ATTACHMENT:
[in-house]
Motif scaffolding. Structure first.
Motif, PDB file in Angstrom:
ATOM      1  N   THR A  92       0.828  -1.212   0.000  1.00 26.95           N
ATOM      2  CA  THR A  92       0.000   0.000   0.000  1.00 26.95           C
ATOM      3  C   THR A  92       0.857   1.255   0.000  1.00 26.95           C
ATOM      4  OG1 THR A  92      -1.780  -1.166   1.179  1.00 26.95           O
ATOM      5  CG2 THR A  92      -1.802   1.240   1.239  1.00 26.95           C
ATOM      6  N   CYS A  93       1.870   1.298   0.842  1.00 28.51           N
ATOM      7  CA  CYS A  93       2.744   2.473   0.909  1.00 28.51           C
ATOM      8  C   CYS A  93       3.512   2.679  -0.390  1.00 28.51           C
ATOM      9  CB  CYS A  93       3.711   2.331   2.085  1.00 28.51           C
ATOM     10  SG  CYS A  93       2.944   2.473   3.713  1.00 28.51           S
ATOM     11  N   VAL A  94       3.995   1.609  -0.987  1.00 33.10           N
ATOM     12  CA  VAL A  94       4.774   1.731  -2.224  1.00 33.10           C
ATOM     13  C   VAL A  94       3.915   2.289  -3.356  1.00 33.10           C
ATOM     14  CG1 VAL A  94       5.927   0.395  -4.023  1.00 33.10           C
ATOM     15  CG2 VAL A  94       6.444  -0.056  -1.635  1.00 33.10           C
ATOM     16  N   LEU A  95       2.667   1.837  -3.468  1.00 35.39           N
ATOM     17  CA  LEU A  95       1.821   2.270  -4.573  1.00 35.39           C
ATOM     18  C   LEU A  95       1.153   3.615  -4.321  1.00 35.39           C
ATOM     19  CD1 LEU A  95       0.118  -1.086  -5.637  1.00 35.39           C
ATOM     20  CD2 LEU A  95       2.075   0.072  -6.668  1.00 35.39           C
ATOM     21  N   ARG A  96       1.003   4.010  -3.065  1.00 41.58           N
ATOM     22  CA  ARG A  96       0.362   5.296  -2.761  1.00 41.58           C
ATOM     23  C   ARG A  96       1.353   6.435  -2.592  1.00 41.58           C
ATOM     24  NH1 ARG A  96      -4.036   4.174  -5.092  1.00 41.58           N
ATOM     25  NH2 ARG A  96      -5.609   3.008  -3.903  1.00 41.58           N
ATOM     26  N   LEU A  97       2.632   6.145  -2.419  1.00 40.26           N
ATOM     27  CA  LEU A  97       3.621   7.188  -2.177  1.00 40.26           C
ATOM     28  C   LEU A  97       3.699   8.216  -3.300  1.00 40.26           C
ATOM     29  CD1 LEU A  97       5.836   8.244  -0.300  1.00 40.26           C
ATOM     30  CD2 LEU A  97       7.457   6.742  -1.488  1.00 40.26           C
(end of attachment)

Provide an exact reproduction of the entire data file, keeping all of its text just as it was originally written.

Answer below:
[in-house]
Motif scaffolding. Structure first.
Motif, PDB file in Angstrom:
ATOM      1  N   THR A  92       0.828  -1.212   0.000  1.00 26.95           N
ATOM      2  CA  THR A  92       0.000   0.000   0.000  1.00 26.95           C
ATOM      3  C   THR A  92       0.857   1.255   0.000  1.00 26.95           C
ATOM      4  OG1 THR A  92      -1.780  -1.166   1.179  1.00 26.95           O
ATOM      5  CG2 THR A  92      -1.802   1.240   1.239  1.00 26.95           C
ATOM      6  N   CYS A  93       1.870   1.298   0.842  1.00 28.51           N
ATOM      7  CA  CYS A  93       2.744   2.473   0.909  1.00 28.51           C
ATOM      8  C   CYS A  93       3.512   2.679  -0.390  1.00 28.51           C
ATOM      9  CB  CYS A  93       3.711   2.331   2.085  1.00 28.51           C
ATOM     10  SG  CYS A  93       2.944   2.473   3.713  1.00 28.51           S
ATOM     11  N   VAL A  94       3.995   1.609  -0.987  1.00 33.10           N
ATOM     12  CA  VAL A  94       4.774   1.731  -2.224  1.00 33.10           C
ATOM     13  C   VAL A  94       3.915   2.289  -3.356  1.00 33.10           C
ATOM     14  CG1 VAL A  94       5.927   0.395  -4.023  1.00 33.10           C
ATOM     15  CG2 VAL A  94       6.444  -0.056  -1.635  1.00 33.10           C
ATOM     16  N   LEU A  95       2.667   1.837  -3.468  1.00 35.39           N
ATOM     17  CA  LEU A  95       1.821   2.270  -4.573  1.00 35.39           C
ATOM     18  C   LEU A  95       1.153   3.615  -4.321  1.00 35.39           C
ATOM     19  CD1 LEU A  95       0.118  -1.086  -5.637  1.00 35.39           C
ATOM     20  CD2 LEU A  95       2.075   0.072  -6.668  1.00 35.39           C
ATOM     21  N   ARG A  96       1.003   4.010  -3.065  1.00 41.58           N
ATOM     22  CA  ARG A  96       0.362   5.296  -2.761  1.00 41.58           C
ATOM     23  C   ARG A  96       1.353   6.435  -2.592  1.00 41.58           C
ATOM     24  NH1 ARG A  96      -4.036   4.174  -5.092  1.00 41.58           N
ATOM     25  NH2 ARG A  96      -5.609   3.008  -3.903  1.00 41.58           N
ATOM     26  N   LEU A  97       2.632   6.145  -2.419  1.00 40.26           N
ATOM     27  CA  LEU A  97       3.621   7.188  -2.177  1.00 40.26           C
ATOM     28  C   LEU A  97       3.699   8.216  -3.300  1.00 40.26           C
ATOM     29  CD1 LEU A  97       5.836   8.244  -0.300  1.00 40.26           C
ATOM     30  CD2 LEU A  97       7.457   6.742  -1.488  1.00 40.26           C